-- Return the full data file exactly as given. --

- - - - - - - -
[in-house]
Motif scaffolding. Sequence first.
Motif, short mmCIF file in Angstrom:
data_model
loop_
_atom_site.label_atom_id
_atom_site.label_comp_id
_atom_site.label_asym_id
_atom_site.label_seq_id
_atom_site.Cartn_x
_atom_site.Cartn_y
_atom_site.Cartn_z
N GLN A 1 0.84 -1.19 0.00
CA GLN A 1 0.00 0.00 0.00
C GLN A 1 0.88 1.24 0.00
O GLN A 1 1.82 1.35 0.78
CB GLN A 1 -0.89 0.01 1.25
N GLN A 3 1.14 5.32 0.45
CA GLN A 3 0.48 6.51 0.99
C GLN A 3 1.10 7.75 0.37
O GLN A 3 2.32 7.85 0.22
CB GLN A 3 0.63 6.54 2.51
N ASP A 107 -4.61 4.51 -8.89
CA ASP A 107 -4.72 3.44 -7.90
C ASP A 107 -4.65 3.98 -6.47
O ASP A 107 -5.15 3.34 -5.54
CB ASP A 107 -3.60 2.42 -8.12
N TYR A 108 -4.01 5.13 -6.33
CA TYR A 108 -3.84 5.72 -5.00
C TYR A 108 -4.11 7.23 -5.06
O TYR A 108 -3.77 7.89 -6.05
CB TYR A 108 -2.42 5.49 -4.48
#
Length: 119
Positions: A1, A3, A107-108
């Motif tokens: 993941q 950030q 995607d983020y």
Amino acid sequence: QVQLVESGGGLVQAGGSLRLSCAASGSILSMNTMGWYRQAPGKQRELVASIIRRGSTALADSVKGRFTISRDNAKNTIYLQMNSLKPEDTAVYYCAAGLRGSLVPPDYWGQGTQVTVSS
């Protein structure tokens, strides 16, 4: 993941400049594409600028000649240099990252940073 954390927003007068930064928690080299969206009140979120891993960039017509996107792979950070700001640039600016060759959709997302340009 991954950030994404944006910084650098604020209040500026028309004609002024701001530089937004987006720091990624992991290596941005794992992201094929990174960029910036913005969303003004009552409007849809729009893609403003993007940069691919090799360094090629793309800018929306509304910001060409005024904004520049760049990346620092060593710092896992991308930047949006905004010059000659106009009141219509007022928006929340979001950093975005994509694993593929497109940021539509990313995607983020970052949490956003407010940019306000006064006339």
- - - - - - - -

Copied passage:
[in-house]
Motif scaffolding. Sequence first.
Motif, short mmCIF file in Angstrom:
data_model
loop_
_atom_site.label_atom_id
_atom_site.label_comp_id
_atom_site.label_asym_id
_atom_site.label_seq_id
_atom_site.Cartn_x
_atom_site.Cartn_y
_atom_site.Cartn_z
N GLN A 1 0.84 -1.19 0.00
CA GLN A 1 0.00 0.00 0.00
C GLN A 1 0.88 1.24 0.00
O GLN A 1 1.82 1.35 0.78
CB GLN A 1 -0.89 0.01 1.25
N GLN A 3 1.14 5.32 0.45
CA GLN A 3 0.48 6.51 0.99
C GLN A 3 1.10 7.75 0.37
O GLN A 3 2.32 7.85 0.22
CB GLN A 3 0.63 6.54 2.51
N ASP A 107 -4.61 4.51 -8.89
CA ASP A 107 -4.72 3.44 -7.90
C ASP A 107 -4.65 3.98 -6.47
O ASP A 107 -5.15 3.34 -5.54
CB ASP A 107 -3.60 2.42 -8.12
N TYR A 108 -4.01 5.13 -6.33
CA TYR A 108 -3.84 5.72 -5.00
C TYR A 108 -4.11 7.23 -5.06
O TYR A 108 -3.77 7.89 -6.05
CB TYR A 108 -2.42 5.49 -4.48
#
Length: 119
Positions: A1, A3, A107-108
């Motif tokens: 993941q 950030q 995607d983020y």
Amino acid sequence: QVQLVESGGGLVQAGGSLRLSCAASGSILSMNTMGWYRQAPGKQRELVASIIRRGSTALADSVKGRFTISRDNAKNTIYLQMNSLKPEDTAVYYCAAGLRGSLVPPDYWGQGTQVTVSS
């Protein structure tokens, strides 16, 4: 993941400049594409600028000649240099990252940073 954390927003007068930064928690080299969206009140979120891993960039017509996107792979950070700001640039600016060759959709997302340009 991954950030994404944006910084650098604020209040500026028309004609002024701001530089937004987006720091990624992991290596941005794992992201094929990174960029910036913005969303003004009552409007849809729009893609403003993007940069691919090799360094090629793309800018929306509304910001060409005024904004520049760049990346620092060593710092896992991308930047949006905004010059000659106009009141219509007022928006929340979001950093975005994509694993593929497109940021539509990313995607983020970052949490956003407010940019306000006064006339």